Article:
We love to feed the birds; and have… um… lemme see… five feeders. Two for the hummingbirds, one suet feeder for the woodpeckers (and whoever else shows up), one filled with thistle seed for the finches, and one full of mixed seeds for everybody else. All except the mixed seeds feeder require visitors to land and feed directly on the feeder. The mixed seeds are a different story.
Almost all birds will visit the seeds feeder at one time or another. Some, like rose breasted grosbeaks, are dainty and perch on the little ledge to get their meals. They just nibble out of the little tray and then will find a nugget of choice and fly away with it. Others, like blue jays, will toss seeds out of the feeder until they find what they want. We call blue jays the “punk rockers” of birds because of their flamboyant plumage and mannerisms. They and others like starlings and grackles used to annoy us greatly with their dumping of the seeds; but then we realized that they give all the ground feeding birds a nice smorgasbord from which to choose.
Only one problem with all that seed on the ground. It attracts mammals. Bunnies, squirrels, and even raccoons will stop at the base of the feeder and get their fill. That can be cute if they all behave themselves, but until we took several “anti-squirrel” measures, we’d often come home to a feeder that was full in the morning but emptied to the ground by afternoon. Thankfully, that’s no longer a problem.
There’s one “cute” little critter species, however, that has become quite an annoyance.
They’re cute alright. Kinda colorful markings too. But if you are married and your wife has an interest in raising flowers in the vicinity of the bird feeder, they can become quite a nuisance. They love to burrow, you see. And too often, the soft soil of my Beautiful Girlfriend’s flower bed is very accommodating to their tunneling habits. Only problem with that is: plants don’t like having their roots exposed to the air. So my Sweet Lovely Bride will toil and place her plants just so, only to have some of them die because of burrowing rascal rodents.
It’s very obvious that these little dirt monkeys are the culprits. They pop out of nowhere when we’re walking near the flower beds; and then we see the little hole from which they zoom in and out. Their activities have not made my Amazing Love very happy at all; and she has resorted to calling them foul names. “Why the *@#! do they dig in my *@#!ing flower beds??” she asked not too long ago. Being the dutiful hubby I am, I looked it up on the interwebs, then conveyed what should have been an obvious answer: they like seeds.
We’ve been feeding birds for many moons, but the chipmunk problem is relatively recent. There are predators that keep them in check; and we’ve been raising whole families of those for many moons too. They’re called kitty cats. Our cats have always been allowed outside; and for almost all of her 21 ½ years our beautiful calico, Never Anne, would keep their numbers down. That baby killed pretty much anything that moved!!
Well, Nevvie is gone to the Big Kitty Cat Playground In The Sky. We do have Freddy the Freeloader; he’s our one and only kitty now (we’ve often had several at a time). Freddy was a feral who adopted us; and although he knows how to hunt, he seems to have become rather fat and lazy these days. It’s very possible he’s spoiled. Our family does not use poison baits, so since Freddy wasn’t bringing us any dead chipmunks, I started waging war on them with more humane methods. Stomping their tunnels – they just dig again. Flooding with water – lasts a little longer but pretty much the same result as stomping.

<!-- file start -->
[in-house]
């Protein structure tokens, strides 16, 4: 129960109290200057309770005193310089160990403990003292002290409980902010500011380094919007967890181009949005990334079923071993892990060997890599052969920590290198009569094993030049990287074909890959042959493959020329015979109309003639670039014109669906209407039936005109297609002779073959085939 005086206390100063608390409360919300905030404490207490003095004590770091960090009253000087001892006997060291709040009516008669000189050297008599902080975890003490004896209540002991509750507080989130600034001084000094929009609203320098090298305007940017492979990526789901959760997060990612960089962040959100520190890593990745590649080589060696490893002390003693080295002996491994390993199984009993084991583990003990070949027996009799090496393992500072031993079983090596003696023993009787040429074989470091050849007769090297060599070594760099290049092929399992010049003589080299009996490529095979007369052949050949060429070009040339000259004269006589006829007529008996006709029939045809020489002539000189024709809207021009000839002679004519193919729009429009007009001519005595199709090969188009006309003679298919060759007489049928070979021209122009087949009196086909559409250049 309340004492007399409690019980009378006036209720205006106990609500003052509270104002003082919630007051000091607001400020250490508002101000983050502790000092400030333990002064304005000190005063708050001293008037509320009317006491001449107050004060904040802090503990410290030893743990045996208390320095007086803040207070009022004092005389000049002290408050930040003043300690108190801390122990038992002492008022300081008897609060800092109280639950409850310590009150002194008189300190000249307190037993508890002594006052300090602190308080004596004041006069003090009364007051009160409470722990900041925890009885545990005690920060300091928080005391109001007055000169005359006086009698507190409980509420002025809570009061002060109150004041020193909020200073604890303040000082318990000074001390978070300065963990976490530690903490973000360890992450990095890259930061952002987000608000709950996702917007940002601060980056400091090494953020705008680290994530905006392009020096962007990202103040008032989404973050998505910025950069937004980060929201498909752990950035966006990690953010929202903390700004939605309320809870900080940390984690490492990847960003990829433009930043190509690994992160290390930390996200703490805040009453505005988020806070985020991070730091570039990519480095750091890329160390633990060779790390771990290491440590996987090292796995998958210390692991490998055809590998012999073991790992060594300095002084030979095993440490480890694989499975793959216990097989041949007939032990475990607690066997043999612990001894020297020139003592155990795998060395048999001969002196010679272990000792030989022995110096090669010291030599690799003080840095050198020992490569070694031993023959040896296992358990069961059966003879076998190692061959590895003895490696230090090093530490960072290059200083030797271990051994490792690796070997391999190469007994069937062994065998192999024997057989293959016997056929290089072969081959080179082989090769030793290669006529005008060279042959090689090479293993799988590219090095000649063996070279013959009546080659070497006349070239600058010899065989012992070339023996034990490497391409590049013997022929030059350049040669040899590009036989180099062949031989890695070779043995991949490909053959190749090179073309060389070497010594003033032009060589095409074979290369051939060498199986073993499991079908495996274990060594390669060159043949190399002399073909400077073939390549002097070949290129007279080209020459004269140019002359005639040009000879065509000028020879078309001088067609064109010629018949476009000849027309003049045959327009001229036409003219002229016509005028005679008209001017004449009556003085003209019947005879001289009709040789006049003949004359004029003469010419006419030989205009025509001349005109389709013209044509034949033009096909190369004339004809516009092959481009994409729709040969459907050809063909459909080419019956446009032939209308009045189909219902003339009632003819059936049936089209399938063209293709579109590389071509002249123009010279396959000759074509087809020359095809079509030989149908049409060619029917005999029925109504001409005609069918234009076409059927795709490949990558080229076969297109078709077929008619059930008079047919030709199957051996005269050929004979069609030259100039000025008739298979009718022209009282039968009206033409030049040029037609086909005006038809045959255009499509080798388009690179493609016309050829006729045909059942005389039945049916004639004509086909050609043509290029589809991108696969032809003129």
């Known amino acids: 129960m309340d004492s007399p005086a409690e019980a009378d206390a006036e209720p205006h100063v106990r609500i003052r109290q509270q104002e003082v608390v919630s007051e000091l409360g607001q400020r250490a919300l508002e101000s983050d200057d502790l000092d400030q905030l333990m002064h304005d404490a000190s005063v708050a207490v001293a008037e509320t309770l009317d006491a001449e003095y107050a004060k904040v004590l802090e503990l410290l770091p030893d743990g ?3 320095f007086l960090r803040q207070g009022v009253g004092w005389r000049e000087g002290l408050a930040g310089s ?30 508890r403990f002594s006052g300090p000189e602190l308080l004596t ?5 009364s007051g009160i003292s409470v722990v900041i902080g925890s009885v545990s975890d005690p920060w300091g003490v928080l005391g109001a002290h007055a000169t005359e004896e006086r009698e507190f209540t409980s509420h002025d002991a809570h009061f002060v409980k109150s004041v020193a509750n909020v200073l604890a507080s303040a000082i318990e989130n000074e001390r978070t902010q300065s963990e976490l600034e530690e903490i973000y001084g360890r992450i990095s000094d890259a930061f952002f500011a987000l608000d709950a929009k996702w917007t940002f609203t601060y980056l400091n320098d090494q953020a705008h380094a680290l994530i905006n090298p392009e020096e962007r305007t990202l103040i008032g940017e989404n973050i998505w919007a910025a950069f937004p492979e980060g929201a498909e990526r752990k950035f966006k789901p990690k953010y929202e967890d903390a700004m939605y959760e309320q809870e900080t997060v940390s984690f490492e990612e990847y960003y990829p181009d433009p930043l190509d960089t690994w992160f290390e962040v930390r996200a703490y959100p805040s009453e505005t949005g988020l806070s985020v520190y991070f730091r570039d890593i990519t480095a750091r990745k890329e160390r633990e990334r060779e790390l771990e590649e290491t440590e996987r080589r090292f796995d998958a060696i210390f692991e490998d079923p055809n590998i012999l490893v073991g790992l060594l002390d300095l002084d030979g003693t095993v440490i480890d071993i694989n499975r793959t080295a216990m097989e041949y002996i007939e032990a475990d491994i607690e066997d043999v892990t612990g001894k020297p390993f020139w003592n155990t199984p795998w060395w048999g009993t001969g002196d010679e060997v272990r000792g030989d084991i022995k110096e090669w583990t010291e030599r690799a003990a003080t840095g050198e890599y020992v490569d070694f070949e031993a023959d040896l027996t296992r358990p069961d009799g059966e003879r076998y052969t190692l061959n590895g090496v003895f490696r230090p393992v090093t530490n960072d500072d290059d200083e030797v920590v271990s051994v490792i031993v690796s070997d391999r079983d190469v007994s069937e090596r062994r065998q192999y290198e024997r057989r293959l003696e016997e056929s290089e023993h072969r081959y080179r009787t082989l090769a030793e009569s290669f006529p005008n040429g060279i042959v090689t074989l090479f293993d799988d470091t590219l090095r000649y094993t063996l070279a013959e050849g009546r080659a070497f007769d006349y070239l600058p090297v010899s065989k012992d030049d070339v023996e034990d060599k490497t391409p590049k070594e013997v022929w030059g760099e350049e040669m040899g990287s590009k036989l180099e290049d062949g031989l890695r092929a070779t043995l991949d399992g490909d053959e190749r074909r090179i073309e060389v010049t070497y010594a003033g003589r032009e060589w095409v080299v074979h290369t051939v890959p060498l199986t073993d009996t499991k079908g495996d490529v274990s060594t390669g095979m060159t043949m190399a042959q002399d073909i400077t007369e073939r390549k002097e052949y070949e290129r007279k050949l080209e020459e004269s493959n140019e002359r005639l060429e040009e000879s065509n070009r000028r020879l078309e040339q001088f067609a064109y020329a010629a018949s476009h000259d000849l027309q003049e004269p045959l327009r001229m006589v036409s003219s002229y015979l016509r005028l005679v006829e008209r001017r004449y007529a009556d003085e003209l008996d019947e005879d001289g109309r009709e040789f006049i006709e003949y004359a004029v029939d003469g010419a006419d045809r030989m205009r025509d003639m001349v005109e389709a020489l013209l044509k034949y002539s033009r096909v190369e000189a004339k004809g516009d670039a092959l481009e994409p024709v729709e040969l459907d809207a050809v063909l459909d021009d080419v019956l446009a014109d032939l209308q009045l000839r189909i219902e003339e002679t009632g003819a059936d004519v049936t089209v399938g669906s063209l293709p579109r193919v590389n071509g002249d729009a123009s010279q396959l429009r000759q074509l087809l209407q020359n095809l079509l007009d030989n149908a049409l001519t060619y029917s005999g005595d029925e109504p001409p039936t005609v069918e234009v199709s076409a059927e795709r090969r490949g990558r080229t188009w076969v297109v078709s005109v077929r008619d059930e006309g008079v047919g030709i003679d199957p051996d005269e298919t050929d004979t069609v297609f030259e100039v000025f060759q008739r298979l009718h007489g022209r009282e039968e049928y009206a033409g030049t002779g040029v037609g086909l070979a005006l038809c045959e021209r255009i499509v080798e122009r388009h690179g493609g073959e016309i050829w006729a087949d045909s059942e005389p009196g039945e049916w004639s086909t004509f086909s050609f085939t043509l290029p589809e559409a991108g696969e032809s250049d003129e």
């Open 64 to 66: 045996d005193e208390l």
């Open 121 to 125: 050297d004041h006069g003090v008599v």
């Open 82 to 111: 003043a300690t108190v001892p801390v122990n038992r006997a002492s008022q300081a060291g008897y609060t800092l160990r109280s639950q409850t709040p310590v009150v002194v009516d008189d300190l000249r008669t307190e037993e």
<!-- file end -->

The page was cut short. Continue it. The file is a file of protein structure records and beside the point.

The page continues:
Then finally the light came on. The water seemed to work alright, I just needed to add a little something to it. Something like used kitty litter!! The clumping kind works very well for this. So I filled a plastic bucket with water, then started dumping in the kitty droppings. Let it set for a couple days so it gets nice and stinky. Stir it with a stick, taste it to make sure it’s… NO!!! NO TASTING!!! GACK!!
You can probably guess the next step. Chipmunks do NOT like kitty cat stinkwater. Gee, I wonder why?? So my new and improved control method is to douse the offending burrows with Kitty Kaka And Wee Wee Nasty Juice Mixture Surprise. Hey… maybe I should bottle it and start marketing the stuff!! Anyway, for good measure, I make sure some of the solids go down the hole too. Very effective!! This might gross some of you out, but please keep in mind that we don’t eat what grows in the flower beds. And if there’s any fresh stinkwater application, I make sure to warn my Honey Pie so she can remember to wear gloves while doing her garden work.
Feel free to use this recipe at your house. One thing to keep in mind though: mosquitoes do not seem to care what kind of water they lay eggs in. That’s right kids, I’ve actually seen mosquito larvae in the stinkwater bucket!! After seeing that, I make sure to check regularly; and dump all the water before the larvae can mature. God only knows what nasty diseases such creatures would carry if they hatch out of such nastiness!!
We still have chipmunks stuffing their faces at the base of the bird feeder; but at least they’re not messing up my Baby’s flowerbed. They don’t look anything like the ones that Disney made famous in cartoons. Here are those two chipmunks who are famous for their shenanigans.